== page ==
Glasgow Commonwealth Games, 2014. The giant screens at the Tollcross International Swimming Centre flashed the names of the competitors ahead of the 200-metre individual medley.
Niranjan Mukundan, who had been preparing hard for his first Commonwealth Games (CWG), was in a hospital bed in Bangalore (now Bengaluru) when the screen displayed his name. The 20-year-old man watched it helplessly on the television set installed in his room.
Mukundan had always dreamt of making a splash at the CWG but was forced to miss it due to constant high fever and neutrophil ulcers, which lead to a bone infection (osteomyelitis).
“The doctors strongly advised against entering the water for several weeks. I felt that it would be the end of my swimming career and that I would not be able to make a comeback,” Mukundan told South First.
Back in the pool
Eight years later, Bengaluru-born Mukundan was at the 2020 Tokyo Paralympics (held in August-September 2021 due to Covid-19) to compete in the 50-metre butterfly.
The para-swimmer has 91 international medals to his credit and is hoping to soon enter the 100-medal club.
John Christopher, who has been coaching Mukundan since his childhood, attributed his disciple’s winning streak for the past 14-15 years to his mental toughness.
“Not many para-swimmers sustain this level of fitness for long. But his determination and focus are formidable.”
The coach added that Mukundan will enter the 100-medal club soon. “We are expecting three to four medals in the Asian Games,” he added.
A good year
Two weeks ago, Mukundan won four gold and a silver medal for Karnataka at the 2022 National Para Swimming Championship.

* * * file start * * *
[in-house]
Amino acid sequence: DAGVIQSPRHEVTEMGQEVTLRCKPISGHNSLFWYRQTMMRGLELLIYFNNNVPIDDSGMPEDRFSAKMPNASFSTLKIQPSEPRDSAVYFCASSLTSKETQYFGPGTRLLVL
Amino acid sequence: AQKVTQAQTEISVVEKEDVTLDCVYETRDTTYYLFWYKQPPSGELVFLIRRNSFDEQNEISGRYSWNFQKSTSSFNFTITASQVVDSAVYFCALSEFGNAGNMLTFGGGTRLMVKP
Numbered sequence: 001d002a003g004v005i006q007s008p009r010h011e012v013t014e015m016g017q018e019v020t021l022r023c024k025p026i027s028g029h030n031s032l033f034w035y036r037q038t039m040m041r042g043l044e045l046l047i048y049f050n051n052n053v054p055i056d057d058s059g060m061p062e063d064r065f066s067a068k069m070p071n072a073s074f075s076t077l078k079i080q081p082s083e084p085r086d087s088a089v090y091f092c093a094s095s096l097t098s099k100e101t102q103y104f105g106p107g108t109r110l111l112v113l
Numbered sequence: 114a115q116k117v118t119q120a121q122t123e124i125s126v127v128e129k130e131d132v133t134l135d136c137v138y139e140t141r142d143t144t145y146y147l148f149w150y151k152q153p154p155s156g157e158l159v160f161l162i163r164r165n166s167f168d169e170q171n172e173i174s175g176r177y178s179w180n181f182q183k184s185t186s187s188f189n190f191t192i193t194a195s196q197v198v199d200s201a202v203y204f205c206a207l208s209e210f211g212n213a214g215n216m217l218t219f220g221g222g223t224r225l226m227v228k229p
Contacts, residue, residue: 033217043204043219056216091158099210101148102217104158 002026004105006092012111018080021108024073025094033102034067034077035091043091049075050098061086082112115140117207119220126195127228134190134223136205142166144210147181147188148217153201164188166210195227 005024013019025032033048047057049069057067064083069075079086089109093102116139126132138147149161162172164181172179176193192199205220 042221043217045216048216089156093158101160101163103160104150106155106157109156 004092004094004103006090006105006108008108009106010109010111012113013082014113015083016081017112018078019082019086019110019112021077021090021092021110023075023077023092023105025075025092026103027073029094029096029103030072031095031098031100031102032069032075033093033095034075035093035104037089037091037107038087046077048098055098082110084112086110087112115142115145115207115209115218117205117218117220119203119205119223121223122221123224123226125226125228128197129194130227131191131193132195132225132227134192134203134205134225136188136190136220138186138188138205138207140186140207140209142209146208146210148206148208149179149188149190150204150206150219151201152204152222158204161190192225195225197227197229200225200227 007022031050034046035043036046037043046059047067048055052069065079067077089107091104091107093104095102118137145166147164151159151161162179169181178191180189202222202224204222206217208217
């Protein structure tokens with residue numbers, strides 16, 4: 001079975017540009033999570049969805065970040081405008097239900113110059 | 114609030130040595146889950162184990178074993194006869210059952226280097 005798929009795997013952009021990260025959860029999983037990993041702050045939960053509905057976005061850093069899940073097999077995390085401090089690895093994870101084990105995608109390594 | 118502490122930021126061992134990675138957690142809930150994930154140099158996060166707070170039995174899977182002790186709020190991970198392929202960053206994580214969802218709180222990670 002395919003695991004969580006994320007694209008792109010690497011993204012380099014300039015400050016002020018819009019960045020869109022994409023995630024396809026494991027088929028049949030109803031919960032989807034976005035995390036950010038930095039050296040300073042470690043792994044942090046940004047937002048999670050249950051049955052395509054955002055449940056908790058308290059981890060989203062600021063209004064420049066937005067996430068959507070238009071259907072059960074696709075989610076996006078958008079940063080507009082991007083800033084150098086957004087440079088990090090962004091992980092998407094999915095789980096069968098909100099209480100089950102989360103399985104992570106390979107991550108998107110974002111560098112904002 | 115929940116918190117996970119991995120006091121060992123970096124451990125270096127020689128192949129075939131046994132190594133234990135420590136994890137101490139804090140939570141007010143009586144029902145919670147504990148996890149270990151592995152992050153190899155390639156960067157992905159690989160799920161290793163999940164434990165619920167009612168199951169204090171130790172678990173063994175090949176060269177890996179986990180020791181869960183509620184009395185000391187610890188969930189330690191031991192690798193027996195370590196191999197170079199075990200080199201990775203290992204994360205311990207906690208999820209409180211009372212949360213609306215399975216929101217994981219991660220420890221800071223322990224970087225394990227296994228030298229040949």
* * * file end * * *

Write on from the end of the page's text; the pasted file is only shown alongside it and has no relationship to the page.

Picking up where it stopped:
His events were a 50-metre butterfly, 100-metre butterfly, 400-metre freestyle, 4×100-metre relay and 4×100-metre medley.
“It’s always good to return to the nationals and race with the best in the country. I am glad about my performance. It was my responsibility to retain gold, which I have been doing for the past many years,” a delightful Mukundan explained.
Mukundan termed 2022 a “really good year” on the international stage. He finished the World Series in Germany with a silver and two bronze medals.
“My career-best performance came at the World Championship in Portugal where I broke two back-to-back national records in the 200-metre individual medley and 400-metre freestyle,” he said.
A month earlier in May, Mukundan had created history at the Para Swimming Cup in Prague, Czech Republic, by eclipsing the 12-year record held by South Korean swimmer Kim Sejin in the 800-m freestyle.
The Indian swimmer ended the Cup with six medals. He also won a bronze at the French Swimming Championship in June.
The winning habit
Mukundan began his winning habit as a para-athlete in 2014 itself after the disease that had made him miss Glasgow CWG.
He won eight medals — three gold, two silver and three bronze — at the 2014 World Junior Swimming Championship in the United Kingdom.
The event was organised by the International Wheelchair and Amputee Sports Federation (IWAS).
The same year, he secured a bronze at the Asian Para Games in Incheon, South Korea.
In 2015, he was honoured with Karnataka Rajyotsava Prashasti — the second-highest civilian award by the Karnataka government. A year later, he was honoured with the Eklavya Award for his outstanding performance.
Dominating the National Para Championships for around a decade now, Mukundan landed his first medal for India in 2013 at the IDM German Swimming Championship in Berlin, Germany. Incidentally, he now trains there with the German para swimming national team, besides representing a professional club there.
One of the biggest moments came in his life came at the World Junior Swimming Championship in the Netherlands in 2015.
“I won 10 medals, including seven gold. I smashed many records and even today those records are intact. It was a proud moment for me and it can be called the turning point in my career,” Mukundan said.